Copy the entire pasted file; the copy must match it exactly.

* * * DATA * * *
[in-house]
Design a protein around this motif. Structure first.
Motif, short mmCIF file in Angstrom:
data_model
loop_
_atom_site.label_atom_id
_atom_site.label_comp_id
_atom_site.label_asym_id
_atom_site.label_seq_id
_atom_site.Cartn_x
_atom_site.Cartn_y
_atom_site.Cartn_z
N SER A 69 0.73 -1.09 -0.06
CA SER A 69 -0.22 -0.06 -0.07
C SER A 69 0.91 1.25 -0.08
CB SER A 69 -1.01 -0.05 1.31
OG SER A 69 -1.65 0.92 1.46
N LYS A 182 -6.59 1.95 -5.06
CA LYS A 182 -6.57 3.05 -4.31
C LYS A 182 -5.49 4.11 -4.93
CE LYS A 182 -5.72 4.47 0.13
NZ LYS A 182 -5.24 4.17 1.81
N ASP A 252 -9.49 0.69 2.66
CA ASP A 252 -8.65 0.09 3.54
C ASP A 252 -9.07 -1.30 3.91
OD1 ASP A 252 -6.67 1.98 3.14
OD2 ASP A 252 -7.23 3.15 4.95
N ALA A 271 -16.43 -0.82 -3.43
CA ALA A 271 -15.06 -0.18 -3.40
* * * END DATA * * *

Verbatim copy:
[in-house]
Design a protein around this motif. Structure first.
Motif, short mmCIF file in Angstrom:
data_model
loop_
_atom_site.label_atom_id
_atom_site.label_comp_id
_atom_site.label_asym_id
_atom_site.label_seq_id
_atom_site.Cartn_x
_atom_site.Cartn_y
_atom_site.Cartn_z
N SER A 69 0.73 -1.09 -0.06
CA SER A 69 -0.22 -0.06 -0.07
C SER A 69 0.91 1.25 -0.08
CB SER A 69 -1.01 -0.05 1.31
OG SER A 69 -1.65 0.92 1.46
N LYS A 182 -6.59 1.95 -5.06
CA LYS A 182 -6.57 3.05 -4.31
C LYS A 182 -5.49 4.11 -4.93
CE LYS A 182 -5.72 4.47 0.13
NZ LYS A 182 -5.24 4.17 1.81
N ASP A 252 -9.49 0.69 2.66
CA ASP A 252 -8.65 0.09 3.54
C ASP A 252 -9.07 -1.30 3.91
OD1 ASP A 252 -6.67 1.98 3.14
OD2 ASP A 252 -7.23 3.15 4.95
N ALA A 271 -16.43 -0.82 -3.43
CA ALA A 271 -15.06 -0.18 -3.40